Basically, the first message urged us all to prepare for evacuation—old people and children first. The second message said the first message had been sent in error. 

How's that for a nice wake-up call?

And what did we learn from this, Poison Girls? We learned that, if North Korea starts shelling Seoul or comes pouring across the DMZ in the morning, my lame ass is going to sleep through the attack. So I'll end up shot, gassed, or blown up before I even realize what's going on. Hmm. Maybe that's not so bad. 

UPDATE: another message just came in around 7:25 a.m., this time saying the first message (from about 6:30) had been sent in response to North Korea's missile launch. Why this launch prompted such a hysterical response, I have no clue. North Korea launches missiles all the time. At a guess, President Yoon is going to get some shit for waking us up like this.

UPDATE 2: in the comments, Charles makes the point that the emergency message came from Seoul's government, not from the federal government, so my last sentence in the previous update obscured that fact. I still think President Yoon is likely to get flak just because there are elements out there who will blame him no matter what's going on in South Korea (this happened on Yoon's watch, after all), but yes, as Charles points out, it's more likely that Oh Se-hoon, mayor of Seoul, will get the lion's share of the blame. It wasn't Yoon who woke us up; it was probably Oh or his office.

the deconstruction of my childhood continues

First the cherry tree, now this: another George Washington event that apparently never happened—the prayer at Valley Forge.

toe update, with visuals

This is about what I thought would happen:

So we're back to the little dot on the sock. But the bandage is thinner this time.

Sock off. The stain is less visible on the outside of the bandage.

Even inside the bandage, the stain is barely there.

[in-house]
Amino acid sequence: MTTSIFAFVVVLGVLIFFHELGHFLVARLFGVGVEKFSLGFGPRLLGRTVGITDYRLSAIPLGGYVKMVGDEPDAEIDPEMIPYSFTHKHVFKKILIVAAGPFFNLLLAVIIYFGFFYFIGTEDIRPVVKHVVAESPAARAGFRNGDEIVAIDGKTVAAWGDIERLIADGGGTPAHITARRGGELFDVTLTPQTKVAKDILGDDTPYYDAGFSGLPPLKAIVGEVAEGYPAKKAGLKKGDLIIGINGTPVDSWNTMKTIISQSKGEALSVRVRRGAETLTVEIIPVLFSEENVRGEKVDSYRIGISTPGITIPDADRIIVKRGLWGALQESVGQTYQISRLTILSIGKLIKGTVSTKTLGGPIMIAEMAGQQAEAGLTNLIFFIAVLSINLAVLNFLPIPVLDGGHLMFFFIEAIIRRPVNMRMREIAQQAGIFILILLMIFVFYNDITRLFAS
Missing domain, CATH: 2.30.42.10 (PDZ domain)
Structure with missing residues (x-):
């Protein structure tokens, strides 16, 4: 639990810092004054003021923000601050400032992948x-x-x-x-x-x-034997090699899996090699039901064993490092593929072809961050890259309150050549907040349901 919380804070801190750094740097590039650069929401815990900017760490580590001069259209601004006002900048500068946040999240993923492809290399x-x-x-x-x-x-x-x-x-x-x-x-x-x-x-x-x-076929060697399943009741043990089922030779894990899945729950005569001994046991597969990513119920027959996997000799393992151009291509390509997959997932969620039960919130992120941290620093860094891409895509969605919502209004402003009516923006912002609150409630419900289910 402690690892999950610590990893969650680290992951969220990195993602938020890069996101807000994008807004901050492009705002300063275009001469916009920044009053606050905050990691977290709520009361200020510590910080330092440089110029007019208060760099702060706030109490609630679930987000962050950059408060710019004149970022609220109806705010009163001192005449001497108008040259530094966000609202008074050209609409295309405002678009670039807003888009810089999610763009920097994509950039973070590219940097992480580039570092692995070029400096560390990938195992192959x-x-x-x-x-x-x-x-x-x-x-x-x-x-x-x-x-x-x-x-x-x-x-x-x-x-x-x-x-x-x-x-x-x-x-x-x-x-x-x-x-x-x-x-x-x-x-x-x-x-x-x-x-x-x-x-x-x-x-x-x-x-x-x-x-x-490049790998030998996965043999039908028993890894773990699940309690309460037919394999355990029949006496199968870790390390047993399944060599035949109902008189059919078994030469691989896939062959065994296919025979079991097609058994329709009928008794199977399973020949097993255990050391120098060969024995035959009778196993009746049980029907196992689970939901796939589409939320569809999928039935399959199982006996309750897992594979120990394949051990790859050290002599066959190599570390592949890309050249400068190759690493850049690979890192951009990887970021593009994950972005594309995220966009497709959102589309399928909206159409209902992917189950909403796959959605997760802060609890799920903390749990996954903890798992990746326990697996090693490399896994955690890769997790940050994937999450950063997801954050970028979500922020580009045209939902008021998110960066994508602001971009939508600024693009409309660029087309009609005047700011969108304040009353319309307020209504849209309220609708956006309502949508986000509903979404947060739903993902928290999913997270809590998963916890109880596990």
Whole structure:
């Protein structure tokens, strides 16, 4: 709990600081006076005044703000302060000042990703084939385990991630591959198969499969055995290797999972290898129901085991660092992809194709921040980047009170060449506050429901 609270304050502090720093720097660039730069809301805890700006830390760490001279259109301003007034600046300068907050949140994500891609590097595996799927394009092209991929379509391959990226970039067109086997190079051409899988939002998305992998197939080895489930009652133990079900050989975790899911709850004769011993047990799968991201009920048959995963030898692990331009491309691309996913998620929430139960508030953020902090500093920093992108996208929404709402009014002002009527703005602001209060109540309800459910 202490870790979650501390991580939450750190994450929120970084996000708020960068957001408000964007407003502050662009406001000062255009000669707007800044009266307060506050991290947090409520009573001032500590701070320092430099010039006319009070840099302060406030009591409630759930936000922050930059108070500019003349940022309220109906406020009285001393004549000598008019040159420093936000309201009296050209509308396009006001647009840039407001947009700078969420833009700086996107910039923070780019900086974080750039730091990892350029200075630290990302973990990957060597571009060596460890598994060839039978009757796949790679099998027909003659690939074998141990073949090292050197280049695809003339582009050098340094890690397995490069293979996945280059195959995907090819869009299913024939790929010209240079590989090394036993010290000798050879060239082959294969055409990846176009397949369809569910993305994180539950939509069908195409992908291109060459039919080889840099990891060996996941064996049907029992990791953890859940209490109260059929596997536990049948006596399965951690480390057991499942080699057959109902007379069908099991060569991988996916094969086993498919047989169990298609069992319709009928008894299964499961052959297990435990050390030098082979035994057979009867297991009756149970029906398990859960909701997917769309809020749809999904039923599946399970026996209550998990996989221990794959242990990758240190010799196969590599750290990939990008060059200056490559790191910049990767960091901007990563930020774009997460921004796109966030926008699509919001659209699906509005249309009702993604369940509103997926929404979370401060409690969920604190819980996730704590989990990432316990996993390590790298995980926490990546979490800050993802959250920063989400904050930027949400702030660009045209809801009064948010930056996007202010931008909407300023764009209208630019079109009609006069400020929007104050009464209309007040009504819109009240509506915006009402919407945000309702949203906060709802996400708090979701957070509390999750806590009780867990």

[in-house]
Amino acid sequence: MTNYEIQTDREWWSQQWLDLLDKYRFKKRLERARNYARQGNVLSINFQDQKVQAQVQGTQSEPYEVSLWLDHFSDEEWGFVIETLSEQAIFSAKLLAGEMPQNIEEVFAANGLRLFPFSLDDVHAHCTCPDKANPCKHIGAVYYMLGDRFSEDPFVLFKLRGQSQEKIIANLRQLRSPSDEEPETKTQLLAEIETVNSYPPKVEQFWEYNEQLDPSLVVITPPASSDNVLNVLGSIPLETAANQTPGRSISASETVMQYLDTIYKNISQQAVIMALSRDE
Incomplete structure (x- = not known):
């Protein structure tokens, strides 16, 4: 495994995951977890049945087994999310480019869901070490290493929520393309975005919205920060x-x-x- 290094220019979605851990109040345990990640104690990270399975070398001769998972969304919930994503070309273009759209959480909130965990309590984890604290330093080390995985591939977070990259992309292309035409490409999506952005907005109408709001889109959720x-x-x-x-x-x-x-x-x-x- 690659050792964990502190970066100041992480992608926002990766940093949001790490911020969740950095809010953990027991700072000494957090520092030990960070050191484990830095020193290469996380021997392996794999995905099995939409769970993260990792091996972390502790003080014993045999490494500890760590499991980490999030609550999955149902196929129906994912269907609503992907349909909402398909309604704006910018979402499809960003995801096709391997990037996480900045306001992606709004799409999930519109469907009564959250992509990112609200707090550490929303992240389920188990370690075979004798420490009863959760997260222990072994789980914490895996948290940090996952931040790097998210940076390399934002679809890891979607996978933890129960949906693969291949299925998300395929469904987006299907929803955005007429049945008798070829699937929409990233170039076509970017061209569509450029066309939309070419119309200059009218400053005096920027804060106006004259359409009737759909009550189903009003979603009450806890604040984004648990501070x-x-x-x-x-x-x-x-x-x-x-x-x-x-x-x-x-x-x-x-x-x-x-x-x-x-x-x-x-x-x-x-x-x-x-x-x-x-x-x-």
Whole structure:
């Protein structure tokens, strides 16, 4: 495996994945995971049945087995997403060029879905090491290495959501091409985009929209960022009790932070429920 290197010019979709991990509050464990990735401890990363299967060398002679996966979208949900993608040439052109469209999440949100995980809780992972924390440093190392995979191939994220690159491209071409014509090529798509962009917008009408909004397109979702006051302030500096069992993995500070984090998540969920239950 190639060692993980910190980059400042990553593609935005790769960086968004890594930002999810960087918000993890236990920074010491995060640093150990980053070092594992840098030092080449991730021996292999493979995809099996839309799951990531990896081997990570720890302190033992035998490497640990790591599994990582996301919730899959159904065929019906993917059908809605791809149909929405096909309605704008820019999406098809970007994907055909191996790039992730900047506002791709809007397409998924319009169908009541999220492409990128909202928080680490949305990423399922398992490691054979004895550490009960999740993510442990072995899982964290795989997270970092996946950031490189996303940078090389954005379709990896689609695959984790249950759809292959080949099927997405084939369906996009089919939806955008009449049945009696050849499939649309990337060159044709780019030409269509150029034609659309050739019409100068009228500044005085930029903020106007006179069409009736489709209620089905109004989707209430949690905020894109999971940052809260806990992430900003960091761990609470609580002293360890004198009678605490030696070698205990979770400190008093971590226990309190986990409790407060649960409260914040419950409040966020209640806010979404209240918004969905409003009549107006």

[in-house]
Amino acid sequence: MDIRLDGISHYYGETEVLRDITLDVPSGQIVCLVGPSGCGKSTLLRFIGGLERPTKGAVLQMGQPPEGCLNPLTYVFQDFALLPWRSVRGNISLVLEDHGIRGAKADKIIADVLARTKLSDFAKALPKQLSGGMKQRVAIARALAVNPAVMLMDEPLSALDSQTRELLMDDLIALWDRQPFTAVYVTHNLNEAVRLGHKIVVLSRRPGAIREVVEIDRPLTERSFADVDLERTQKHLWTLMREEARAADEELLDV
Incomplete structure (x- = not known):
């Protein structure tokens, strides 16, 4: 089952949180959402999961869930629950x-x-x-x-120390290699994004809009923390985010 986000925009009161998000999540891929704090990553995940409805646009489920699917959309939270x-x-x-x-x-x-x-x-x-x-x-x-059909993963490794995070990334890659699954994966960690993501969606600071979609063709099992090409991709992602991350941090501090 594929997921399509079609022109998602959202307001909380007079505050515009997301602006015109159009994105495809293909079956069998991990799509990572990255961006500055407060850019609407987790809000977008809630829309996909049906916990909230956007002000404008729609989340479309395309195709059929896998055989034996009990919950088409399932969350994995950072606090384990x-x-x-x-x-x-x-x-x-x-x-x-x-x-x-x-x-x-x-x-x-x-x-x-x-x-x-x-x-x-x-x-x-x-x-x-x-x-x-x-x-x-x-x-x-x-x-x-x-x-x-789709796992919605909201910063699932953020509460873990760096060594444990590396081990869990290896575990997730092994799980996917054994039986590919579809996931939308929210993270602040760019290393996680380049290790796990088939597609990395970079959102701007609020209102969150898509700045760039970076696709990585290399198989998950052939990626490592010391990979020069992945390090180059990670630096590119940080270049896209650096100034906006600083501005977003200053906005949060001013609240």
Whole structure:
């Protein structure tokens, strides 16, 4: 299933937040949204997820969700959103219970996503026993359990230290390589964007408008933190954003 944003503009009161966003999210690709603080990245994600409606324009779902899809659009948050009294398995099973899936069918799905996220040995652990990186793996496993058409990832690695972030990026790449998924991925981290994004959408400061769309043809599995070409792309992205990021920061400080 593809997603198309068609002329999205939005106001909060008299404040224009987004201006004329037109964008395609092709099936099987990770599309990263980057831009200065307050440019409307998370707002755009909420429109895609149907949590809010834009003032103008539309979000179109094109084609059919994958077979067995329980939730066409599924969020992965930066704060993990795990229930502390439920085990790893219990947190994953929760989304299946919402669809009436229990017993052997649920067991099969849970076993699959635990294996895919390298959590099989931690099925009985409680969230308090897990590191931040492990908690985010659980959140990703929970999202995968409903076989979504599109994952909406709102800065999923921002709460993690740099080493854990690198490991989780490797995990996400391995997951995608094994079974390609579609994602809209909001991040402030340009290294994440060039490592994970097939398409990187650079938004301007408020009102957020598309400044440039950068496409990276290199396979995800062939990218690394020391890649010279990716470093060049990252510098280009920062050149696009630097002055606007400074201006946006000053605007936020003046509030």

The wound seems almost closed up.

As I said, despite the darkened part in the middle of the wound, I don't want to dig or scrape or clip that part out for fear that I'll be setting myself back by several weeks when it seems I'm pretty close to being fully healed. I'm also tempted to go out on long walks right now, but again, with the wound so close to closing up, a long walk would probably be a bad idea.

The thing that's bothered me this entire time is why the leakage always looks worst at the outermost layer of cloth. Is this because of some sort of capillary action? It often seems as if the leakage somehow travels past the bandage in order to create a blotch at the level of my sock. Why is that? How the hell does that happen?

Anyway, even though getting a dot on my sock is pretty normal, (1) the dot is the same size despite my having used a regular bandage instead of the heavy-duty gauze bandages that I've been wearing to work for the last several weeks, and (2) the total lack of leakage last night is still a good sign, all in all. I think we really are reaching the end. At a guess, I won't be able to cry victory until sometime in July; June is probably going to be a frustrating month with plenty of dotted socks like the one above. I'll know when the wound is healed when I go several days in a row without any leakage.

I deliberately went without any lotion because I suspect that the lotion is part of what creates the usual stain I see on the bandage. We may, in fact, have reached a point where the lotion is no longer needed: I'm still taking my antibiotics, albeit only once per day. This makes the medicine last longer, and I don't really think I need it anymore given that we're no longer looking at an ugly, open wound.

We've come a long way, but we're not quite there yet. I suspect I'll be saying that all through June. Stay tuned for more shenanigans.